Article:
Granger High students win big at 2020 Clean Air contest
May 07, 2020 12:40PM
By Jess Nielsen Beach
Romero’s winning submission. (Courtesy Ed Stafford)
By Jess Nielsen Beach | [email protected]
On Feb. 8, it was announced that students at Granger High School had won for their submissions to the 2020 Utah High School Clean Air Poster Contest.
The contest was started six years ago by Ed Stafford, professor of marketing at Jon M. Huntsman School of Business, and Roslynn McCann, a professor and Sustainable Communities extension specialist, both at Utah State. Originally, the contest was based in Cache County, with Granger High School added to the roster only this year.
“There were 14 finalists from just that school,” Stafford said of Granger.
Four Lancer students were honored as grand prize winners for their submissions: Juan Romero, Noely Morales, Alicia Ranquist, and Molica Chao.
Normally, the program extends from Southern Idaho to Moab; this year, however, it was up to Stafford alone to give information and encourage schools to participate, as McCann was on maternity leave.
“We give a presentation on air quality problems in Utah,” Stafford said. “We ask students about the sources of pollution and what strategies they can use to try and preserve air quality.”
The program’s goal is to reach high schoolers who are preparing to drive so they can understand the implications of their new status as license holders.
“We have collected data and found that students are more aware of air quality problems in Utah because of the contest,” Stafford said. “They are more willing to engage in clean air actions as a result.”
Many previous and current submissions have dealt with refraining from idling, biking to school, taking the bus and carpooling.
“Part of the fun is to get students to be creative on how they will educate others through their posters,” Stafford said.
High schoolers tend to lean toward pop culture parodies, including previous winning entries titled, “The Fault in Our Cars” and “Car Wars.” Although the posters can be silly or provoke a chuckle, not every student chooses to go with an entertaining idea.
“Other types of posters are terrifying,” Stafford said. “One poster from a few years ago featured a three-eyed devil baby. It was trying to communicate how air pollution causes birth defects, and while the artwork was exquisite, it was also chilling.”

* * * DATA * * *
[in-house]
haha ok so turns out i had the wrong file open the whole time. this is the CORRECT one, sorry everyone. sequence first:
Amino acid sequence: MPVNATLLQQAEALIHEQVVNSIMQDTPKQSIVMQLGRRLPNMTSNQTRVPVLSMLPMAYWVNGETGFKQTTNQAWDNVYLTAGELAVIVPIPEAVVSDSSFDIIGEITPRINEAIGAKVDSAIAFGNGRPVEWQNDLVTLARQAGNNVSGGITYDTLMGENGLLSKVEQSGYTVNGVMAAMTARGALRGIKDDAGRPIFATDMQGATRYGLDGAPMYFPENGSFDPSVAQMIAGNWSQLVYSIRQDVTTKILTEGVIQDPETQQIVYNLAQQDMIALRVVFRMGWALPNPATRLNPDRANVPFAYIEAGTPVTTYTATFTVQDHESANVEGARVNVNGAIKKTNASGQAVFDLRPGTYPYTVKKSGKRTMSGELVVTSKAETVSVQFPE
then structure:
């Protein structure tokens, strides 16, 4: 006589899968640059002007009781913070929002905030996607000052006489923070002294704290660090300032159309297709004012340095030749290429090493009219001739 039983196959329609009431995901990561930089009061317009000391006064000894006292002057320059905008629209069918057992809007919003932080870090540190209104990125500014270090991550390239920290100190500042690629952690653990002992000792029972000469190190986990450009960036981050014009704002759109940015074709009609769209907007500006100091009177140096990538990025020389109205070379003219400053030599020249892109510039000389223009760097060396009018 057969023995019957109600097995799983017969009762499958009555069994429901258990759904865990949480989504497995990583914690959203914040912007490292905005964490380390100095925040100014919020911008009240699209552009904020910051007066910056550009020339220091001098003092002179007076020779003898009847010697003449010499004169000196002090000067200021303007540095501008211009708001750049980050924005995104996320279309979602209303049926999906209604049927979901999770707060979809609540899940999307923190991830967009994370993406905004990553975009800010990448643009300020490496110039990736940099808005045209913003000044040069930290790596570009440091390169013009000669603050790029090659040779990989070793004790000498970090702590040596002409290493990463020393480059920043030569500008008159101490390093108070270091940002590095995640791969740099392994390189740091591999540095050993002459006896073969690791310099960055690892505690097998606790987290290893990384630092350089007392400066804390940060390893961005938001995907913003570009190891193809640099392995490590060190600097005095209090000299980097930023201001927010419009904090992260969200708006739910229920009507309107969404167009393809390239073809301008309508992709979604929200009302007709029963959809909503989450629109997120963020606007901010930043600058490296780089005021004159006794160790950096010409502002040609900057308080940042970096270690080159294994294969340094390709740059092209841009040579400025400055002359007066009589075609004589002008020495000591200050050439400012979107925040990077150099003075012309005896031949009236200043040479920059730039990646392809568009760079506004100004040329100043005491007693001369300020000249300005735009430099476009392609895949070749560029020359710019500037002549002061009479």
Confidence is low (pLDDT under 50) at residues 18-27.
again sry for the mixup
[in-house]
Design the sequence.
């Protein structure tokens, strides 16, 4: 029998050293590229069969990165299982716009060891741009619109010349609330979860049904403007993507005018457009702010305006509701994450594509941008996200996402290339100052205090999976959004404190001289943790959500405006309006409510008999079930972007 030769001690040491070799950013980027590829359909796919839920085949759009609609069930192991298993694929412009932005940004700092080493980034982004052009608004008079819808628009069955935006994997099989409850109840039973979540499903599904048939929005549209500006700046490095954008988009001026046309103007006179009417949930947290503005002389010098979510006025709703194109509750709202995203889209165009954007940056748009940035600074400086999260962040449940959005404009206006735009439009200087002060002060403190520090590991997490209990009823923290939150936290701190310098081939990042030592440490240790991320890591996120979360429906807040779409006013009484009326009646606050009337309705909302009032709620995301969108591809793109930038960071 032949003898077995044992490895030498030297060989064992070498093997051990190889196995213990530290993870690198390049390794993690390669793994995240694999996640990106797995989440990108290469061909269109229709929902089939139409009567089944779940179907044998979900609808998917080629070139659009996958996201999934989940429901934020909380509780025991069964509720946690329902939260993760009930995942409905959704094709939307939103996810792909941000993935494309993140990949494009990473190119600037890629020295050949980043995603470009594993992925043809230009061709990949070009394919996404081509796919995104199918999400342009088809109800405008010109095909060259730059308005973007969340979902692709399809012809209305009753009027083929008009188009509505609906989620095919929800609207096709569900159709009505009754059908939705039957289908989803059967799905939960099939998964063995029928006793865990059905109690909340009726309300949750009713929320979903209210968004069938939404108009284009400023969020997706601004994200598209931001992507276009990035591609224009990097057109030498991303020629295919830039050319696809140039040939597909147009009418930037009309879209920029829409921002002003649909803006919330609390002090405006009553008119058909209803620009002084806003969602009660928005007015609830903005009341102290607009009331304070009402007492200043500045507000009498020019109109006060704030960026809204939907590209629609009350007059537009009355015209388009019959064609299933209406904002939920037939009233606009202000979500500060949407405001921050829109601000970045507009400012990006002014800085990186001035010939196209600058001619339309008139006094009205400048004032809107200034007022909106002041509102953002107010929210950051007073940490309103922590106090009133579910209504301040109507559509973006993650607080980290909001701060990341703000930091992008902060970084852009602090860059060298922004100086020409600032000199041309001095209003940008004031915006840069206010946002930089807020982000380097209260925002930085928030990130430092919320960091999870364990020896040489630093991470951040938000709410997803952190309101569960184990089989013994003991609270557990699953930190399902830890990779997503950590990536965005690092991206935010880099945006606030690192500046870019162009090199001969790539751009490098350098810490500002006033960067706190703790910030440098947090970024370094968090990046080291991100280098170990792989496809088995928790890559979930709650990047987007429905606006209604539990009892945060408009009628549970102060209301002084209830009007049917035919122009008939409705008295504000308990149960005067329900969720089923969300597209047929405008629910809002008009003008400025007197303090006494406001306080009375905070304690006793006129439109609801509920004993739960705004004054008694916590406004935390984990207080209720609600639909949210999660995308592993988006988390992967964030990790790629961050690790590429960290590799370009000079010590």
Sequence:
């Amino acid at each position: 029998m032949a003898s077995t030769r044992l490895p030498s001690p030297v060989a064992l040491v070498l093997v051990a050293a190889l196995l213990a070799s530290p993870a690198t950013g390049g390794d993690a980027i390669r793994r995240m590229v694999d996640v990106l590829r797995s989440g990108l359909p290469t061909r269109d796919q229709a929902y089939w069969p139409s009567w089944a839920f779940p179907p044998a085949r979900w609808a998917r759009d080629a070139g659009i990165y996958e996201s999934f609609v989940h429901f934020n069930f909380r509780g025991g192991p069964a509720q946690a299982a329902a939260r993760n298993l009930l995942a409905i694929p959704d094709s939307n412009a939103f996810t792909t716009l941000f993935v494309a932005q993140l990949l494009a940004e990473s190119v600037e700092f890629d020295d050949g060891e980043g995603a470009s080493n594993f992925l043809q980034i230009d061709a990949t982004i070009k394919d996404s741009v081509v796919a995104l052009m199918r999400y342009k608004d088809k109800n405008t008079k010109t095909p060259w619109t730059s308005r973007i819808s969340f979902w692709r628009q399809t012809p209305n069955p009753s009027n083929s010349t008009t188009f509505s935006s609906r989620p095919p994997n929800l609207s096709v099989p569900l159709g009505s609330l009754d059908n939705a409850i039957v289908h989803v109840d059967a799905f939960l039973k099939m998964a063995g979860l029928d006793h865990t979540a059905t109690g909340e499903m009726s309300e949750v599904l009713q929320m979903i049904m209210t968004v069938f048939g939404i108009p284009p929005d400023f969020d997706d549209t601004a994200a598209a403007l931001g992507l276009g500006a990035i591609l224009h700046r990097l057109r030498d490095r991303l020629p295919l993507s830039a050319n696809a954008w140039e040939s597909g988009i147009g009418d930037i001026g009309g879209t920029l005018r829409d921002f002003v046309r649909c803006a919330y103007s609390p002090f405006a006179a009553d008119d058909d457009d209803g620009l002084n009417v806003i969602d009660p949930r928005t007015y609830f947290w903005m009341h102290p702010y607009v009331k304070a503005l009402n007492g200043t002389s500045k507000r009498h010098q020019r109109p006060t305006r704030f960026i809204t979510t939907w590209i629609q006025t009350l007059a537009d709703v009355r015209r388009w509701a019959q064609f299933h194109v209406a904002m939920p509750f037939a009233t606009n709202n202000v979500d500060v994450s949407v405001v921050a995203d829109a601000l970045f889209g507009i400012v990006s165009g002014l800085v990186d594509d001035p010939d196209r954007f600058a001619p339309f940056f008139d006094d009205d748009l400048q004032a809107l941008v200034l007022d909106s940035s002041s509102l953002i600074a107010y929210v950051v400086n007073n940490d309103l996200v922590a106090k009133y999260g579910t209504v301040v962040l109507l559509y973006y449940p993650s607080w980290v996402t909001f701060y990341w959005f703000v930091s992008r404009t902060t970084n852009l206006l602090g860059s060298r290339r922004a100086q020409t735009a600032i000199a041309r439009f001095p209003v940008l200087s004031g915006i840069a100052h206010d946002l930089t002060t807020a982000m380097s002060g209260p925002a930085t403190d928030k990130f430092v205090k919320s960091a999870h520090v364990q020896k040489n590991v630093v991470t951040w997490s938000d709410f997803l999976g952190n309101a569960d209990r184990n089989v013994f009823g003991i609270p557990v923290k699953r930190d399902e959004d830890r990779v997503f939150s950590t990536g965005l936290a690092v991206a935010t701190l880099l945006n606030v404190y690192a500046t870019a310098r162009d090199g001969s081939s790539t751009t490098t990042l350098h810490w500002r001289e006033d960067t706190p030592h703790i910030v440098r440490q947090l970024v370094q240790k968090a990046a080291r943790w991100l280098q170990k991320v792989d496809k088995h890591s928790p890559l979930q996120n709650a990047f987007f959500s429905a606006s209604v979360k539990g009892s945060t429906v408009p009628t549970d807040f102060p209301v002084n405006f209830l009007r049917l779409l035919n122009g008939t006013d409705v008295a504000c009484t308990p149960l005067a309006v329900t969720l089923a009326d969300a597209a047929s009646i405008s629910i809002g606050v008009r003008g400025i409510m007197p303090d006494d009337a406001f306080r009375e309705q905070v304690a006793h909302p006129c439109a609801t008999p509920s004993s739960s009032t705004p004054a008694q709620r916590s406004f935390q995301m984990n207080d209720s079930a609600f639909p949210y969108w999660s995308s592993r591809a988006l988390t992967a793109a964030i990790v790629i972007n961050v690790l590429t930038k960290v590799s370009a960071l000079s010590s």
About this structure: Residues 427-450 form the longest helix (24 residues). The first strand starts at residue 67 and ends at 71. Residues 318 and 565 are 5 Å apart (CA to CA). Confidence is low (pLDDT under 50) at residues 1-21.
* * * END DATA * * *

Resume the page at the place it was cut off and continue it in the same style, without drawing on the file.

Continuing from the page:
The public service announcements are judged by a panel consisting of principals from participating high schools, business owners, past winners and the art director for the Nora Eccles Harrison Museum of Art at Utah State.
“The sponsor this year is the Utah Museum of Fine Arts (UMFA),” Stafford said. “They will display the winning posters from around the state, which will be part of an exhibit tentatively called ‘Air.’”
The posters are set to be featured at upcoming art festivals later this year, including Logan’s Block Festival and Moab’s Art Walk.
Another potential opportunity for viewing these posters in person is in Salt Lake City.
“We’re hoping to put Granger’s winning posters up as billboards in downtown Salt Lake,” Stafford said. “This is a new initiative for us. Our main goal is education outreach, and while we have posters in small businesses, shop windows, and billboards, I am always looking for bigger venues for more outreach.”
Stafford hopes for the program to continue to grow. Businesses donate the prizes the students win, with many coming back to support the event year after year.
“We’re very excited to have Granger involved this year,” Stafford said. “I hope to have more high schools from Salt Lake County participate in the future.”
The 2020 posters, as well as past winners, are available to view on cleanaircontest.usu.edu.
“People are free to download and share the images,” Stafford encouraged. “Let’s get the word out.”